Deanna and I spent the last several days in San Antonio for the annual meeting of the Baptist Church Music Conference. We went early because I was on the Executive Council as Local Church Representative from the East for the past few years. Being able to go early allowed us some time to enjoy some of the rich history (and fun) of San Antonio. We had a blast…and the conference was great too!
More than anything the conference sessions and concerts do to inspire and train me as a leader, I leave full from the conversations of colleagues at the conference. This year in particular was a special time of relationship building time; I am forever grateful for these friends in my life. I would also say that our morning corporate worship times, led by Kirk Kirkland and Ray Jones, were incredibly powerful and refreshing. I am thankful to God for reminding me of the importance of the ministry to which He has called me.
The sessions I led on intergenerational worship in the local church went very well and were well attended. People are definitely interested in this topic. My first thought after I finished my sessions was, “well, it’s easy to teach people content they already believe.” I knew the general concepts wouldn’t be far off from their own philosophy of worship. However, it wasn’t until Tuesday did I realize the profound impact that intergenerational philosophy is having on many churches/leadership (at least at our conference). As the folks from the local church division met together, we started the conversation with celebrating GOOD things happening in our churches. I was truly overwhelmed with thankfulness as I heard several of my colleagues share of their church’s journey from separate types of services to a unified worship expression. Thankfully, the leadership of these churches realize that music alone cannot grow a church and separating services with the primary intention to grow based on music choices is not achieving the desired result. In fact not a single one there could testify that having/having had separate types of services with this primary goal in mind is working to grow their church. May I just say it thrilled my heart to hear this. And the best part? Most who’ve been through this journey of unification are seeing more unification and increased attendance. I think the key is, and will be, teaching and inspiring the leadership to move towards unification, and if music is a key component…realize that diversity of musical styles doesn’t guarantee success if the diversity of music is not inline with the church culture and context. The better answer is in finding ways to interrelate the generations together in worship. In worship leadership my belief is that having worship teams that involve more is an important key component.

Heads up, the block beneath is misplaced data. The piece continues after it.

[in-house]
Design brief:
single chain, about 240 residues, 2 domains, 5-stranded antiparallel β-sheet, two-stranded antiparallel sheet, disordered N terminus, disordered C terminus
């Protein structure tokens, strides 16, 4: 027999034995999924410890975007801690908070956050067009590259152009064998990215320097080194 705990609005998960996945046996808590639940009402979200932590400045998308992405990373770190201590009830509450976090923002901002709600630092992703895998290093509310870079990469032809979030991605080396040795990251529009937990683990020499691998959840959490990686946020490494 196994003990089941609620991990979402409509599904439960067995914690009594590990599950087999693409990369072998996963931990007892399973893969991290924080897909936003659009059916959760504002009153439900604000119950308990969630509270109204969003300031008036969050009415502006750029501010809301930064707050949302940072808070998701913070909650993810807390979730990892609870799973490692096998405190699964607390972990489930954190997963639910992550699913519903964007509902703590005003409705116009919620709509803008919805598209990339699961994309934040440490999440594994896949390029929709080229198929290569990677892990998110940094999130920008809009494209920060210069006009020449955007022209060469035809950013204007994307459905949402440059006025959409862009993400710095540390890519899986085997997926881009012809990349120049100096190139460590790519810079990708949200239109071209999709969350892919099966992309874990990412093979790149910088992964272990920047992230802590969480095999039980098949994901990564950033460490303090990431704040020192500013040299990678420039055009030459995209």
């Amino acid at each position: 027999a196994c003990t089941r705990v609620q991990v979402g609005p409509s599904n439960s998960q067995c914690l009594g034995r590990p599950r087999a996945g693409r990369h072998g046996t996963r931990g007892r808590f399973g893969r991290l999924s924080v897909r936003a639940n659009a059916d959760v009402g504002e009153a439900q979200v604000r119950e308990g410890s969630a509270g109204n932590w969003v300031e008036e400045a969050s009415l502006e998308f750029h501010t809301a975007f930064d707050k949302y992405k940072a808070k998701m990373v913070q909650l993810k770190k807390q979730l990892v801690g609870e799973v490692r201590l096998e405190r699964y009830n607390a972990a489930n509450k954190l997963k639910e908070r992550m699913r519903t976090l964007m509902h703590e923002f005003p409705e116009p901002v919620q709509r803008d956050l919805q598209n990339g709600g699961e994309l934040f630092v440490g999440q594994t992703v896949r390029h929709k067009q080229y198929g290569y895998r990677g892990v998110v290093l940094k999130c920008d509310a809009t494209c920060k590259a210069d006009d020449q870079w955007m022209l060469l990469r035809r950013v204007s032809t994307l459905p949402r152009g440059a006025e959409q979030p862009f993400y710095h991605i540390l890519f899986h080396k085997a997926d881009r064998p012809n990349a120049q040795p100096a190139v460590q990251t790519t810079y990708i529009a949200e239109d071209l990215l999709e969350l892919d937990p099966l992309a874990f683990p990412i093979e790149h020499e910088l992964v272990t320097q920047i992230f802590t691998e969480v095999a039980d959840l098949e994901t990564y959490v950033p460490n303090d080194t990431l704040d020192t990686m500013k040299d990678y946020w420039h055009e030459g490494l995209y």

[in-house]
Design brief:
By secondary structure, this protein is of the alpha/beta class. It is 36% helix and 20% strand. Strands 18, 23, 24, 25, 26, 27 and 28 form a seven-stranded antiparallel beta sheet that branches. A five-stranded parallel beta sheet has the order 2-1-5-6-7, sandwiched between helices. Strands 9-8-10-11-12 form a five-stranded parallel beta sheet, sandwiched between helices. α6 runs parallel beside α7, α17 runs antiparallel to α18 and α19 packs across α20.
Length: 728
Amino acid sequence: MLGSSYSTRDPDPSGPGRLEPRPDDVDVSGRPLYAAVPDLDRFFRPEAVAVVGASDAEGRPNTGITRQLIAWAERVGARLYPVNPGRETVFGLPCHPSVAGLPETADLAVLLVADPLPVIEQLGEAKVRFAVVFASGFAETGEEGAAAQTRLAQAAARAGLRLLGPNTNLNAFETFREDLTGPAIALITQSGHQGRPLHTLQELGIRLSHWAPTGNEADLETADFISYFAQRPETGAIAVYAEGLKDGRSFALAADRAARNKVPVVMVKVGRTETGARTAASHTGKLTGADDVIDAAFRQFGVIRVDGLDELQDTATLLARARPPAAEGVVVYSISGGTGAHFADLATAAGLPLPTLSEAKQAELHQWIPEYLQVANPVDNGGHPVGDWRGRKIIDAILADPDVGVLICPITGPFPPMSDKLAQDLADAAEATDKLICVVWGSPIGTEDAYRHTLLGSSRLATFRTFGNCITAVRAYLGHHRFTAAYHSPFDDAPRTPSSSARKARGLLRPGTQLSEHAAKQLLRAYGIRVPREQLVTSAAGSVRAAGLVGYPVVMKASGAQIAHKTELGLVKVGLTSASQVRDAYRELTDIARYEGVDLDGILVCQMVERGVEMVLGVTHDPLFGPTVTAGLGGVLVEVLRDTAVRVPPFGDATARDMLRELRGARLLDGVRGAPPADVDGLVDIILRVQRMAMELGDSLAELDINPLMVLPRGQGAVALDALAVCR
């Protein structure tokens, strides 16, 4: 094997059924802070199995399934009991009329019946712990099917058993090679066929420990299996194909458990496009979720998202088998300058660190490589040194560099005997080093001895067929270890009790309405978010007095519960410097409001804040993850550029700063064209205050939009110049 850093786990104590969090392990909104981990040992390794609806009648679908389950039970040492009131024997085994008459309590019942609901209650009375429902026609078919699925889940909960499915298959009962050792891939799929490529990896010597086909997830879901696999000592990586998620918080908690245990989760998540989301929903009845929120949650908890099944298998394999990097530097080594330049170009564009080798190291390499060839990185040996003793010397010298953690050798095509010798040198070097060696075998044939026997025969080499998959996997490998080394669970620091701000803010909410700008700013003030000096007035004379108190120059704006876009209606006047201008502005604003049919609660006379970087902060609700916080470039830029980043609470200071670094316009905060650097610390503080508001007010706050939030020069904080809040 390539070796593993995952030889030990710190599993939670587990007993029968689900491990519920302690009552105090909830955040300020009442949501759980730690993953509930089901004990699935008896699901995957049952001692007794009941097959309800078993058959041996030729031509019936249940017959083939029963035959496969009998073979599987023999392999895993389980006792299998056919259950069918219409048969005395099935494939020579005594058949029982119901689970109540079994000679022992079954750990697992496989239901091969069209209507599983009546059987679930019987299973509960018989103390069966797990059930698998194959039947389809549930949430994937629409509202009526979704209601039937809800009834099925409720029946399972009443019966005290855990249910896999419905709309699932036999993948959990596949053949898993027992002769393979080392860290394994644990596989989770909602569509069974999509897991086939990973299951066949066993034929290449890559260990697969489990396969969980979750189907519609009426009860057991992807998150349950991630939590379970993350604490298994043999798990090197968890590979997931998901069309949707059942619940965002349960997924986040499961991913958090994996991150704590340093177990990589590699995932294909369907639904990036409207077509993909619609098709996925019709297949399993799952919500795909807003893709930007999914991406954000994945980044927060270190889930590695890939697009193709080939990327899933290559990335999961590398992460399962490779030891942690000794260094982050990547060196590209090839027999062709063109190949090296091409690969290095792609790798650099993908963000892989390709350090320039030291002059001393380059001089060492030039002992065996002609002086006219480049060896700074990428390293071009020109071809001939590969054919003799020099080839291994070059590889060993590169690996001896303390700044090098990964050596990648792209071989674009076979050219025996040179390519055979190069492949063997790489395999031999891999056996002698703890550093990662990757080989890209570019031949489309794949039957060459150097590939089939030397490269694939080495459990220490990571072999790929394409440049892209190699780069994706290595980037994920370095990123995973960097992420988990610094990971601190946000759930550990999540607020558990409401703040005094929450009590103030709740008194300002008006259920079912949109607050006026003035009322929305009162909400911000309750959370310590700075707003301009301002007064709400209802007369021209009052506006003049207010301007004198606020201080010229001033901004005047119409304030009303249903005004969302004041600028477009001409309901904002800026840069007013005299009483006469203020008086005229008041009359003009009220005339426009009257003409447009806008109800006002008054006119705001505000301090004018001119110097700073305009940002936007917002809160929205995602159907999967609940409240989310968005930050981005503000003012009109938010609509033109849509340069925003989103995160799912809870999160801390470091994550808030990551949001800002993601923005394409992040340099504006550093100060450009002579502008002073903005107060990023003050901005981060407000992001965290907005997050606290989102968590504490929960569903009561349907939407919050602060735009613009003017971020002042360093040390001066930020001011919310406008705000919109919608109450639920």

Oh, there is much more to be said. I’d like to hear from more of my colleagues who have had “success” moving from a multi-service model back to a single model (mirrored in content and style). I think there might be some similarities worth noting. I’m certain there will be many differences, because every church is different, but some things worth noting could rise to the top. If you are reading this and you’ve been through this scenario, I’d love to hear from you.
Category: TagsTags: baptist, Boomers, choir, choral, church music, community, diversity, family worship, Gen-X, generational, generations, intergenerational, intergenerational worship, Millennials, multigenerational, music, praise, relationships, traditional worship, vocal worship, worship
“Intergenerational Worship” is worship in which people of every age are understood to be equally important.